For the second time, author, editor, and blogger Andrew Sullivan has taken reader content on his 10-year-old Daily Dish blog on the Atlantic Web site and created a crowd-sourced printed book published by Blurb and sold through its online bookstore. Last Friday Sullivan blogged about how the book, The Cannabis Closet, grew out of an extensive e-mail of Daily Dish readers writing candidly about their pot use. By early this week, Blurb had sold 1,000 copies of the print-on-demand paperback priced at $5.95.
In June, Sullivan and his four-person staff of the Daily Dish compiled photographs posted on its “The View from Your Window” feature on the blog into a full-color, $33.95 book with the same title with Blurb.
Sullivan called The Cannabis Closet’s unorthodox publishing route as the book equivalent of doing a “triple lutz” in ice-skating. “In as much as we could start with an e-mail thread that came through a blog, then turn it around in midair and make it into a book,” he explained. Sullivan provided the foreword for the book, Daily Dish executive editor Chris Bodenner edited the readers’ postings on marijuana use and Chip Kidd designed the cover.
As for its content, Sullivan blogged: “[The Cannabis Closet] is a compilation of first-person pot use testimonials, from top executives to responsible parents, from entrepreneurs to A-students, from unwinding suburbanites to the very sick… It doesn't glide over the downsides of pot-use... It shows how responsible pot-use is already compatible with middle-class life and its obligations.”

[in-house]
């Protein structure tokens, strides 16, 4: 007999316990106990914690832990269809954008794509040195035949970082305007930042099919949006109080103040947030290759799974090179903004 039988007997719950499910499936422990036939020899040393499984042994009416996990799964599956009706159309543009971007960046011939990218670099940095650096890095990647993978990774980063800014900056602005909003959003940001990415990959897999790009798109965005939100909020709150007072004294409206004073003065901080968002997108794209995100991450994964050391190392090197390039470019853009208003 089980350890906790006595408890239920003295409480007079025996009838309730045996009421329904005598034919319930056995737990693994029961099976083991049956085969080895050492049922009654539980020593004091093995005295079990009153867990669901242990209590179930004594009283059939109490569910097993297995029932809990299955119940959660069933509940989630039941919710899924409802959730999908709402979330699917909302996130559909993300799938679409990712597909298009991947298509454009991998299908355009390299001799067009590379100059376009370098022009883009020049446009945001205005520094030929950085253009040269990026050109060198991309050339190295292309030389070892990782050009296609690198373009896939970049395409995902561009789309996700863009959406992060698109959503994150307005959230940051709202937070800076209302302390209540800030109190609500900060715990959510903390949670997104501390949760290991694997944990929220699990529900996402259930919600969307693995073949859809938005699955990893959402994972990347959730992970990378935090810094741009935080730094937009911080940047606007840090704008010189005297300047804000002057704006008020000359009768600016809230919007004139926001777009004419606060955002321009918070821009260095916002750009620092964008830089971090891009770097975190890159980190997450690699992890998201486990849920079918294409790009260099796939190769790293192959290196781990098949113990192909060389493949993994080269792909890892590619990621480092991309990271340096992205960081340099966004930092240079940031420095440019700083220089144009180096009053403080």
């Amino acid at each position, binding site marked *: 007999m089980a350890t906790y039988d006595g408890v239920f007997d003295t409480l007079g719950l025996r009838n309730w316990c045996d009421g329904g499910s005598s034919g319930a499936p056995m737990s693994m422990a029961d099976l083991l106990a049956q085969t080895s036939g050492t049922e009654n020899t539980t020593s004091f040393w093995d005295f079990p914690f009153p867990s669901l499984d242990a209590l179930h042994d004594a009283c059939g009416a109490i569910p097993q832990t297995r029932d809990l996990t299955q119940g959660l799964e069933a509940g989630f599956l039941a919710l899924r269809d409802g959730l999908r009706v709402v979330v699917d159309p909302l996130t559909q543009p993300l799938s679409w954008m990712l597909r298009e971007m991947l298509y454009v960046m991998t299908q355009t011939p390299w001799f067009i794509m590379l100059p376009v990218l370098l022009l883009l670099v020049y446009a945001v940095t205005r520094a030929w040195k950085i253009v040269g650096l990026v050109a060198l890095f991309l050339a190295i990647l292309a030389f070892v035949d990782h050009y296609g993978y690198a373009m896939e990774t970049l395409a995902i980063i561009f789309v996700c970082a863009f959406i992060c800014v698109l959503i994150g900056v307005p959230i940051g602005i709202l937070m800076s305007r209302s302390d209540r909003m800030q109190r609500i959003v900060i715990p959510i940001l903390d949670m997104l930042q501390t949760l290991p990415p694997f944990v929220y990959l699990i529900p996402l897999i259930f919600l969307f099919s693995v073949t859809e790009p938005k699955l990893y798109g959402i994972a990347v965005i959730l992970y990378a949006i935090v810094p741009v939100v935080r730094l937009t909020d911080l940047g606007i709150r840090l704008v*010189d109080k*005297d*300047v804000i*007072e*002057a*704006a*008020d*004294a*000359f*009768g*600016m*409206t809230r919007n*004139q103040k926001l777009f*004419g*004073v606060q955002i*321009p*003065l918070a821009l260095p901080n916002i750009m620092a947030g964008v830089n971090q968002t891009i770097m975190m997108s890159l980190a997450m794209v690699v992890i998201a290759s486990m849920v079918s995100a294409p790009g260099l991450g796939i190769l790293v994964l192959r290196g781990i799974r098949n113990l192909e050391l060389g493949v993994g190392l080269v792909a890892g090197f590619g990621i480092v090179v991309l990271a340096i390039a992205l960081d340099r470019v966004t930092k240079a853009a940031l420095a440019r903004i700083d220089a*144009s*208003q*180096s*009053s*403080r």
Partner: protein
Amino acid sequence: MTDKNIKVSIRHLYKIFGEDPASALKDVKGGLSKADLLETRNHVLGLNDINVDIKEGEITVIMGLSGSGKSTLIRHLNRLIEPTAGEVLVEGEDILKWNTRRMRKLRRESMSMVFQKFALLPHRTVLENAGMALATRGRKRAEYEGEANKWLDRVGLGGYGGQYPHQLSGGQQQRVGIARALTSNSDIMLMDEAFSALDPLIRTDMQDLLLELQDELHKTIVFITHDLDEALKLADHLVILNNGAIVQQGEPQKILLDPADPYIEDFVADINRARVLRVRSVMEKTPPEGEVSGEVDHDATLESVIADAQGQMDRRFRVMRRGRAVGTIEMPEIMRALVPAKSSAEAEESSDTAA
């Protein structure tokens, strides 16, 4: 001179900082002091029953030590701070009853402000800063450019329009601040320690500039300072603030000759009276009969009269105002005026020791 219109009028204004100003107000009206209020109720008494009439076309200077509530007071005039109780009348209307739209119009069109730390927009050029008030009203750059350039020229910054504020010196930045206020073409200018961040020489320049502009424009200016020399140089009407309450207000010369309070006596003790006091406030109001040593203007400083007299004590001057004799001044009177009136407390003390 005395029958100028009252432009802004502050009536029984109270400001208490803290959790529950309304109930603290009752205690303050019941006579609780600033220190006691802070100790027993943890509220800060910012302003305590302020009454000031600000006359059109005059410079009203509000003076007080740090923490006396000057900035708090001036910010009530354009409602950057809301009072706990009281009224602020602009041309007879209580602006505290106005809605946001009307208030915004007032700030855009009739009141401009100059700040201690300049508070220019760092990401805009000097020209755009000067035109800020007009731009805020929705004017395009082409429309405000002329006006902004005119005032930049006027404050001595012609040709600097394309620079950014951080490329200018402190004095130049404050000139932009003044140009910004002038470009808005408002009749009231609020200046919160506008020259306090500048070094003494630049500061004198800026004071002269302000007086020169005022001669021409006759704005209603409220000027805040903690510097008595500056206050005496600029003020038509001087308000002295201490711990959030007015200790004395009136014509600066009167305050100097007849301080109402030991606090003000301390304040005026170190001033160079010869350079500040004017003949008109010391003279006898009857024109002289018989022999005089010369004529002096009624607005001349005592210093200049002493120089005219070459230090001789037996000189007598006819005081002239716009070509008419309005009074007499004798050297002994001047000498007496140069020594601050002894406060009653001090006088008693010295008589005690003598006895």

Since the book’s release, Eileen Gittins, Blurb’s CEO and founder, has been inundated with e-mails saying “how cool” it is that Blurb is Andrew Sullivan’s favorite publisher. Both Sullivan and Gittins pointed out how the technology was allowing readers whom might otherwise not be recognized by traditional publishers to be published. The Cannabis Closet, she explained, illustrates how Blurb delivers a publishing model that makes economic sense, comes out of the interaction of a community (in this case the Daily Dish’s 1.3 million monthly visitors), democratizes publishing, and captures an independent spirit.
Among Blurb’s top groups using its bookmaking software and e-bookstore are creative professionals (photographers, designers, agencies, etc.), and companies who are creating content not for sale but often for their employees or another distinct group. The key, as with The Daily Dish’s 1.3 million unique monthly visitors, is that Blurb books often come with a built-in target audience.
Sullivan said The Daily Dish will look to do more books or even pamphlets with Blurb, thereby using the new media to bring its content back through the old media. “I’d like to be part of reviving print, because I love print,” he said. “My view is mix and match; don’t be a purist. There are many different ways people want to read and a really good media platform is going to exploit all of them.”
Blurb is up to 80 employees and has experienced a big uptick in its international business. A couple of numbers Gittins will share is that the company has more than 120 million pages of content, and even more images. “This time of year we’ll see a new book title come in once every few seconds,” she said